Also participating in the effort are the environmental groups ICLEI"Local Governments for Sustainability and the Center for Neighborhood Technology.
Microsoft said it plans to develop software that can connect with ICLEI's Harmonized Emissions Analysis Tool (HEAT) -- an online database that tracks carbon emissions from cities around the world.
A number of major, international cities, including Toronto, New York, London, and Tokyo, will receive funds from the Clinton Foundation and several private banks to renovate publicly owned buildings to cut their greenhouse gas emissions. The software will help officials in those cities plan the efforts.
"The Clinton Foundation is committed to a business-oriented approach to the problem of climate change," said Bruce Lindsey, CEO of the Clinton Foundation, in a statement.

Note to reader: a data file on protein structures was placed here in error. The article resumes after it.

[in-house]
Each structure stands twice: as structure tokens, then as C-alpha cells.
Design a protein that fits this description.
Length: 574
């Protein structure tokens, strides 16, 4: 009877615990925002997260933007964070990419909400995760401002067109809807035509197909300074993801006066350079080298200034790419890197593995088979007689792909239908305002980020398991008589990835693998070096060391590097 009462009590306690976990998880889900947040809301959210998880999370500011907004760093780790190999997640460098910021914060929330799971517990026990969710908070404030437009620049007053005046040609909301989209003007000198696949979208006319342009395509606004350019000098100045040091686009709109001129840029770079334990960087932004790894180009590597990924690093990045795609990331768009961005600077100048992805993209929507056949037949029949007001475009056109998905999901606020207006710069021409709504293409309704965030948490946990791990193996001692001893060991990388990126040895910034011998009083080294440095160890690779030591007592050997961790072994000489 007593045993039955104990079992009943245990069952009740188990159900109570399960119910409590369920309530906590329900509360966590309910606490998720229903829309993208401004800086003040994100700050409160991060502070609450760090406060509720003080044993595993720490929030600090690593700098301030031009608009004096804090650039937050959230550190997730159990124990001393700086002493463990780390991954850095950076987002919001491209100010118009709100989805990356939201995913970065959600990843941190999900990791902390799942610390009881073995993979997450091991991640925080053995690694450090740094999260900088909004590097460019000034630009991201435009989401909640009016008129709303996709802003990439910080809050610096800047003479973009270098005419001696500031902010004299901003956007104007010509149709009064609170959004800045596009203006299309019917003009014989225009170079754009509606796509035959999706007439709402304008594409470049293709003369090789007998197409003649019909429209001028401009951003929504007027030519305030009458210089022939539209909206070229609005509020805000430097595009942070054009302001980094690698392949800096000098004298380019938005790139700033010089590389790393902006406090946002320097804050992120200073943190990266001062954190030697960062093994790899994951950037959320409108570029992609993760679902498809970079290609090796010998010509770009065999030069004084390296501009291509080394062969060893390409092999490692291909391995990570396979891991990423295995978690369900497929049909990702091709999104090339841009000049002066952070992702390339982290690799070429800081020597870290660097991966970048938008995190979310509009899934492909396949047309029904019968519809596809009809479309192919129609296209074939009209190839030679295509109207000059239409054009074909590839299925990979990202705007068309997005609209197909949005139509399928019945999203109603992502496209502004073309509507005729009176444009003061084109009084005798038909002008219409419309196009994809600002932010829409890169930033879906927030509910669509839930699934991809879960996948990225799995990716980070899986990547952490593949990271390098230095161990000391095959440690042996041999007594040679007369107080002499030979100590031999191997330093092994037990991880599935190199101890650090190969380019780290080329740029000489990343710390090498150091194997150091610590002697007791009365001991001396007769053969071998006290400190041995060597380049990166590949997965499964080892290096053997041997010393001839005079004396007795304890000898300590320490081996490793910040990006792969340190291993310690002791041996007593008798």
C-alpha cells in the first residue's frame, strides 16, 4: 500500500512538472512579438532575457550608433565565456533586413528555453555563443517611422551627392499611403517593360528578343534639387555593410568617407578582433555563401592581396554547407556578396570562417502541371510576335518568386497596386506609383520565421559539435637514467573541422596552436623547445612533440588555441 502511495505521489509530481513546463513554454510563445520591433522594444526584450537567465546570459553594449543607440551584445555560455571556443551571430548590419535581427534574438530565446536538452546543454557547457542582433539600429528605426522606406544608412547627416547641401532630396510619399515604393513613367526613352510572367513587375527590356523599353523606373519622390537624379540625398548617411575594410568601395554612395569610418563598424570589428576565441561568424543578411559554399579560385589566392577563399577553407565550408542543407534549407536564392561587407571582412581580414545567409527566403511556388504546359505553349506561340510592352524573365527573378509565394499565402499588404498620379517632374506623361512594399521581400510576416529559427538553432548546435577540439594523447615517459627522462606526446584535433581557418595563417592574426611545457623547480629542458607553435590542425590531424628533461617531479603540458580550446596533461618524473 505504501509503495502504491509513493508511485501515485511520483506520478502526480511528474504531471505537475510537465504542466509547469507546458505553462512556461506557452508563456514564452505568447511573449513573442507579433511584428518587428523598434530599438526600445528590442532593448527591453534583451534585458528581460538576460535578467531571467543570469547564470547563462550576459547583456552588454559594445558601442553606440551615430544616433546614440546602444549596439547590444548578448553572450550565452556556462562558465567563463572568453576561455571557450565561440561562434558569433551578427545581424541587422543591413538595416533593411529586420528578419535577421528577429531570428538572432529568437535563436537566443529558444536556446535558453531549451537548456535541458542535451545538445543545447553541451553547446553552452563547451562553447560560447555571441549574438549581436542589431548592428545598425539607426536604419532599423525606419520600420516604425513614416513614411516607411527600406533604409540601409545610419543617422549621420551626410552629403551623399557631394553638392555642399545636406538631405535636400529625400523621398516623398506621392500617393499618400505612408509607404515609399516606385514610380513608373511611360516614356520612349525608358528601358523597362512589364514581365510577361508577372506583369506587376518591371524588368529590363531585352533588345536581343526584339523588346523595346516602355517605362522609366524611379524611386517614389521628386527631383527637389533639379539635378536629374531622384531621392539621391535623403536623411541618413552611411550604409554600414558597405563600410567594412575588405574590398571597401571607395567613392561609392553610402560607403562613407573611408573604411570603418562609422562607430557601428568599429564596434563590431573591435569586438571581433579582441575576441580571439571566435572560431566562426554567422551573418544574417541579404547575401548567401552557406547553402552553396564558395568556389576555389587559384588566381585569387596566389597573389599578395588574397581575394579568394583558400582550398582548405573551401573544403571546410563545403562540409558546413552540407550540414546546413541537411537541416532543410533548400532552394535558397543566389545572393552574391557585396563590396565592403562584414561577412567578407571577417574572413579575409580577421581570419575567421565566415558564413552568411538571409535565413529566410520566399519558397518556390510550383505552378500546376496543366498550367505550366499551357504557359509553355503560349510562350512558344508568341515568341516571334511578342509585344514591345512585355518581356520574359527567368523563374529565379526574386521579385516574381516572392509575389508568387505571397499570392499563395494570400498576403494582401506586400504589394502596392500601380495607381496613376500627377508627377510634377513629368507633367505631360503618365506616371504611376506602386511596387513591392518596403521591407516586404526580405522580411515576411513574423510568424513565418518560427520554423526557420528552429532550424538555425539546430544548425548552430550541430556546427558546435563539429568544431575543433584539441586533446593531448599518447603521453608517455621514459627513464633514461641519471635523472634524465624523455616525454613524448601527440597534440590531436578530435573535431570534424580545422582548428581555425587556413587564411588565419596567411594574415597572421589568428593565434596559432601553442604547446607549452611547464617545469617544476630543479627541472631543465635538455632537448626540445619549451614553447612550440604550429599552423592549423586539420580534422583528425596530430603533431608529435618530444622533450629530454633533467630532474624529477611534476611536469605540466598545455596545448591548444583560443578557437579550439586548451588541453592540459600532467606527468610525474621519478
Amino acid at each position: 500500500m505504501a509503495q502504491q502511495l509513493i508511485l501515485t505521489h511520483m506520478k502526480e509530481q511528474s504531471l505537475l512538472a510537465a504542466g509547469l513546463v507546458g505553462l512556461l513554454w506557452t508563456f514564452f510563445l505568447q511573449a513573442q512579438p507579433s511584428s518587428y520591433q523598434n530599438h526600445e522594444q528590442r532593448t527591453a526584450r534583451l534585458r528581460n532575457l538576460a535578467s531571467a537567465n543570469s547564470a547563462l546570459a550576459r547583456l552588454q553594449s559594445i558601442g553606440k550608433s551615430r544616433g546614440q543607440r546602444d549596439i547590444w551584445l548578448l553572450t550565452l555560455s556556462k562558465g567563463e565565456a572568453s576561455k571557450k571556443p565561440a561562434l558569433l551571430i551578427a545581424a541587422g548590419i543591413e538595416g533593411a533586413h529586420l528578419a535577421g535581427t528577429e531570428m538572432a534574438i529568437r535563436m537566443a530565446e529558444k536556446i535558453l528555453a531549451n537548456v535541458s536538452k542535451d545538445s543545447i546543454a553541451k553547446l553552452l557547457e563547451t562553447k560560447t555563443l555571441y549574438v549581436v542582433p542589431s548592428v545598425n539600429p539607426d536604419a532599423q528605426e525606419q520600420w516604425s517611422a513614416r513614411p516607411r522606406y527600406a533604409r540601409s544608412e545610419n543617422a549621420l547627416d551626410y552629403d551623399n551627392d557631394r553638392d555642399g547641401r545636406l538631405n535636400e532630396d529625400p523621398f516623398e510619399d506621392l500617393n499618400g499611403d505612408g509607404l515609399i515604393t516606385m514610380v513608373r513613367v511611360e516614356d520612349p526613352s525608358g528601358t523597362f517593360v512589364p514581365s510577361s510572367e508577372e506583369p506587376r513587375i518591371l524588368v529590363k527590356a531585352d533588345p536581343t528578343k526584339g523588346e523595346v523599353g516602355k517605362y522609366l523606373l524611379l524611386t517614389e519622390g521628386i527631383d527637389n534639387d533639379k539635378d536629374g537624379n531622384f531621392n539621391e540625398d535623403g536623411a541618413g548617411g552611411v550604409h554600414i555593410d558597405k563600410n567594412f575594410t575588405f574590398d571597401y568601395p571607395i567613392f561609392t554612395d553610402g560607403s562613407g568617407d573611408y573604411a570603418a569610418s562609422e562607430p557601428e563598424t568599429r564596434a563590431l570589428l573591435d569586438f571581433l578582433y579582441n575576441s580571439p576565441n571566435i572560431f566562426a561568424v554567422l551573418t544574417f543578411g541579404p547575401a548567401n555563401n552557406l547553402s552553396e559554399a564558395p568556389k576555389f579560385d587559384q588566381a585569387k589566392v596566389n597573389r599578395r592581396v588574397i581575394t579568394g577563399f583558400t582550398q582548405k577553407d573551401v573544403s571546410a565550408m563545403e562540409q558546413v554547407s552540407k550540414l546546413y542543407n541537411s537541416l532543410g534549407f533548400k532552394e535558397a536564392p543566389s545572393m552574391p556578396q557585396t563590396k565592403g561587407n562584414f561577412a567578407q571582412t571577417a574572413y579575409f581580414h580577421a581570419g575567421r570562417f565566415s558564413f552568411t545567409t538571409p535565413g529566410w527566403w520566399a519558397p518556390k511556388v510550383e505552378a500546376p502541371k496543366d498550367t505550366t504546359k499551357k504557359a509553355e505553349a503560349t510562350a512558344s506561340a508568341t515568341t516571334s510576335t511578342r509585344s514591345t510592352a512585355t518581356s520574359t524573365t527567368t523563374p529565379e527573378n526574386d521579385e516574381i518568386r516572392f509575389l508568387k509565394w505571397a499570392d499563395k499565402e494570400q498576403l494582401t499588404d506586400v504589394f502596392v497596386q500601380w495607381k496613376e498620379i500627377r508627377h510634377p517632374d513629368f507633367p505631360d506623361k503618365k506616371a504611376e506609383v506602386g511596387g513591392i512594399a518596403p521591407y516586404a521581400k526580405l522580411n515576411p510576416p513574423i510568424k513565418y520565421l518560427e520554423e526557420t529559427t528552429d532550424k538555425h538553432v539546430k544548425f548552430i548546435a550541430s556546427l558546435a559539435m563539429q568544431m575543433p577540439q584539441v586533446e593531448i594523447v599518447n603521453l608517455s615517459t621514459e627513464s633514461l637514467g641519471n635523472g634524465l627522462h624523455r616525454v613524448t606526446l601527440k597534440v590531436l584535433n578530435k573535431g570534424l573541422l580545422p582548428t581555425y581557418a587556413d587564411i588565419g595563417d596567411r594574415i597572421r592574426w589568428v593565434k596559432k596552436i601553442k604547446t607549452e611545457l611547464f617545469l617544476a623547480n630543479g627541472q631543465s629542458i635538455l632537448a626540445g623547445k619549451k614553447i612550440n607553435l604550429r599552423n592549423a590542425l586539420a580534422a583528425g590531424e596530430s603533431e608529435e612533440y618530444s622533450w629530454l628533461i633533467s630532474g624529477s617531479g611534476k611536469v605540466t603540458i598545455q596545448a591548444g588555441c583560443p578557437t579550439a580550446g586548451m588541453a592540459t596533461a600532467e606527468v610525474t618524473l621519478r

Microsoft said it's designing the tools -- slated for availability by year's end -- to be compatible with other emissions reduction applications, allowing for the import and export of data from other systems.
Former president Bill Clinton last year launched the Clinton Climate Initiative, under which 40 of the world's largest cities agreed to work together to fight global warming. Microsoft said the new online tools will allow the cities to develop baselines and standard ways to measure their carbon emissions and compare data with each other.